Rural communities that once relied on the timber industry for job creation and tax revenues are going broke. Over the last several decades, government regulation and environmental litigation have hampered the ability of our rural communities to best use public lands for economic growth. In 2000, the Secure Rural Schools (SRS) program was enacted to compensate rural communities for their declines in revenue from less timber receipts. However, the program's expiration is leaving towns with uncertainty about future payments and no reforms on the horizon.
The SRS program was designed as a temporary measure, but Congress has reauthorized this funding three times as it struggled to find permanent reform. In a time of record deficits, we must stop providing short-term fixes to our financial woes and concentrate on long-term solutions. Better solutions would empower Idaho's rural towns and counties that contain National Forest System land.
To further this goal, I have introduced the Self-Sufficient Community Lands Act, legislation which would provide a viable successor to the SRS program. The idea for this legislation was first brought to my attention by a bipartisan group of county commissioners in Idaho during the 112th Session of Congress.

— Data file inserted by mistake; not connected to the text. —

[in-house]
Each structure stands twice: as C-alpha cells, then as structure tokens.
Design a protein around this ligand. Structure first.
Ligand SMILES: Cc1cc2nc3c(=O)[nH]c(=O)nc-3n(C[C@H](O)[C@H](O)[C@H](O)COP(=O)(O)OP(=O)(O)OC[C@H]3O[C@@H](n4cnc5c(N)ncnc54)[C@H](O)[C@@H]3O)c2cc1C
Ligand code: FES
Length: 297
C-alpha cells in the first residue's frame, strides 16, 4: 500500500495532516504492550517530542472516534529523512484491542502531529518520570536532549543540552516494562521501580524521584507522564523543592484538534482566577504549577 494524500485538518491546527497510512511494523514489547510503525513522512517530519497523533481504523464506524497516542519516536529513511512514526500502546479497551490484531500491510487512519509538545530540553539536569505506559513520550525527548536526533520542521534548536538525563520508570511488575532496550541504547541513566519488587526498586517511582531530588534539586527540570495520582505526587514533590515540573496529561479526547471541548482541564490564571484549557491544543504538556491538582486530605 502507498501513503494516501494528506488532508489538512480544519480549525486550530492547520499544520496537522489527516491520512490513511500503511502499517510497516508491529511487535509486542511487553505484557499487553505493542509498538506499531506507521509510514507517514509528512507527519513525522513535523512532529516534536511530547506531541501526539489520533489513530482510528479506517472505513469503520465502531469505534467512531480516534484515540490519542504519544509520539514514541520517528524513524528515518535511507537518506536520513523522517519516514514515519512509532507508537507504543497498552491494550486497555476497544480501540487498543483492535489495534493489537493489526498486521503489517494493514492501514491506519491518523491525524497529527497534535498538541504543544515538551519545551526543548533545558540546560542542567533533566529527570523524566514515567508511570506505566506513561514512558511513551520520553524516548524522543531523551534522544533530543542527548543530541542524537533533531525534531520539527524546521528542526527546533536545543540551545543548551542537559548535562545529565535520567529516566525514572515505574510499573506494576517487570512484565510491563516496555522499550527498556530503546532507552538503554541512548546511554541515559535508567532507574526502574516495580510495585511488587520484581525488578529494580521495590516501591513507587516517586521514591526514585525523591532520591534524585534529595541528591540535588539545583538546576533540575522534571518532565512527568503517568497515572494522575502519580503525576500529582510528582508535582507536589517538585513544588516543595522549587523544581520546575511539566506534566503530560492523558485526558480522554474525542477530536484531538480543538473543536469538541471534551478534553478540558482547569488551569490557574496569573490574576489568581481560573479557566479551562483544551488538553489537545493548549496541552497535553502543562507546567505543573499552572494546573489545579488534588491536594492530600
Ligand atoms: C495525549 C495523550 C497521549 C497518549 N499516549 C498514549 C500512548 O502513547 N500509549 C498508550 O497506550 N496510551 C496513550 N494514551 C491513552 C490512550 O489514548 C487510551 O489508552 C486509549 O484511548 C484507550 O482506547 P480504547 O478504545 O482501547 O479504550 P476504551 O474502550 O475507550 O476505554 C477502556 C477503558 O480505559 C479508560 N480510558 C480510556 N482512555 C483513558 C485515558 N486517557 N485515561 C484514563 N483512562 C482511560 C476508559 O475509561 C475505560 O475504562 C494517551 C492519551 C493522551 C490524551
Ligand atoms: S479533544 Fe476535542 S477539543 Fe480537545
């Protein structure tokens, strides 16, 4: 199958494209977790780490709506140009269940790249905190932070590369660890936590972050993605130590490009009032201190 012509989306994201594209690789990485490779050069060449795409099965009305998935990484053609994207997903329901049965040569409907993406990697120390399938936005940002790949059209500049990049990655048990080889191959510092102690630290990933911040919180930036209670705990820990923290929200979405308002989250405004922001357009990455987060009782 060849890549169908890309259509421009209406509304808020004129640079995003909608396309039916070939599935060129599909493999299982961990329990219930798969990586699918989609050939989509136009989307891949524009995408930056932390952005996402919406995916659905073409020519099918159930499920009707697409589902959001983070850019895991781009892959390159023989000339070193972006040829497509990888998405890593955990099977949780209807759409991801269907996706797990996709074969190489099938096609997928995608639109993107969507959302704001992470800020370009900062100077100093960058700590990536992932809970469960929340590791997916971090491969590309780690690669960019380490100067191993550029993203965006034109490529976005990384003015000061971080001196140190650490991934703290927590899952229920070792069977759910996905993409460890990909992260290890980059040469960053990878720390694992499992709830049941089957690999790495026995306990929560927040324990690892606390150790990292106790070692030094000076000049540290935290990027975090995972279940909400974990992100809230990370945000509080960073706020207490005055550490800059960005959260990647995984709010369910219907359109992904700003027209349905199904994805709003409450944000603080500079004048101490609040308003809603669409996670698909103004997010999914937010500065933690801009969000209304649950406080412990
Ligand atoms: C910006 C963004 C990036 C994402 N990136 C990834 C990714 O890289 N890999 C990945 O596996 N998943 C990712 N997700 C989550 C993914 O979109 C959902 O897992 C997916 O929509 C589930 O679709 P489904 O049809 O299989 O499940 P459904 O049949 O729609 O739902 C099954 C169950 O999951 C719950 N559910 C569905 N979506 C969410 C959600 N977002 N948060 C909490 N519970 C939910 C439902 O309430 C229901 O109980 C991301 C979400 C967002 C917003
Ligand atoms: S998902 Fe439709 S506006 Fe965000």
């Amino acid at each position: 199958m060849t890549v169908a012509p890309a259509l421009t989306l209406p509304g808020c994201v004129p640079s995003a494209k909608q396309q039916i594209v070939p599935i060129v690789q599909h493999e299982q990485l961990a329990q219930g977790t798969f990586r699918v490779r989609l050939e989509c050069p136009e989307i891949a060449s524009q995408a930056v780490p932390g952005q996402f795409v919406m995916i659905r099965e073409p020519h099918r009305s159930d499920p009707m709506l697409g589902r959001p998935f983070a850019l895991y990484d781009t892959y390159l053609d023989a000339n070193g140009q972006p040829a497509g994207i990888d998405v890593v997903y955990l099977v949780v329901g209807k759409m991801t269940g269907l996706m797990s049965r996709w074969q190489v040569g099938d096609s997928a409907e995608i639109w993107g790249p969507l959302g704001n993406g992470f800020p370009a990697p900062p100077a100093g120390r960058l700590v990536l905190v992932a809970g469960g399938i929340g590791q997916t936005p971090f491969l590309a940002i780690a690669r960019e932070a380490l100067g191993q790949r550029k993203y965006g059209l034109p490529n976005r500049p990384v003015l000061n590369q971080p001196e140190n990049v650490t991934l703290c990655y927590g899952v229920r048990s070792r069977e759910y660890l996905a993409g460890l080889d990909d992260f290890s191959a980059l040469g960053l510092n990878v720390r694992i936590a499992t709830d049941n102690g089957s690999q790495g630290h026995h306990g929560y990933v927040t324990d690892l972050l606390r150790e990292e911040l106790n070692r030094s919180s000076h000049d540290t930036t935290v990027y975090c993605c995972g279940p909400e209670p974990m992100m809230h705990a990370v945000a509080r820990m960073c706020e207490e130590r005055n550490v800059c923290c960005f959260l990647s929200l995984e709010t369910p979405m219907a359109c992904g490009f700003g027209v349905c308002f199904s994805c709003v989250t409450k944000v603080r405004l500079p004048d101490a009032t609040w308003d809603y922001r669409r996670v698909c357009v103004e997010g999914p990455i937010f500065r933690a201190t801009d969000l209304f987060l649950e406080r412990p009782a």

The legislation would test methods of local forest management to generate revenue for the funding of local services in rural communities. It would let the governor of a state appoint a local board of trustees to assume management of select federal forest acreage, known as "community forest demonstration areas." Then, the governor would petition the Secretary of Agriculture to allow management of the demonstration acreage by the appointed board. This would give rural communities more local control of public forest lands. Hunting and fishing rights, as well as other recreational uses and tribal rights, would be protected. However, no federally designated wilderness areas could be included in the pilot programs, allowing such areas to remain off limits to multiple uses.
To put the astonishing disparity in the level of stewardship of state lands in Idaho to adjoining federal lands into context, consider this past fire season. In 2012, a record fire year, twenty percent of the national acreage burned was in Idaho. Of the approximately 1.5 million acres burned in Idaho, only 4,674 acres burned on state managed lands, the remainder was on federally managed lands.
The intent of the Self-Sufficient Community Lands Act is to reduce federal government involvement in our counties and create robust job growth so necessary services have a much more stable funding source. The legislation will create good-paying jobs, empower counties through local management of federal forests and generate tax revenues for schools, roads and other public services. It is time the federal government stopped preventing communities from utilizing their own resources and started to let them thrive.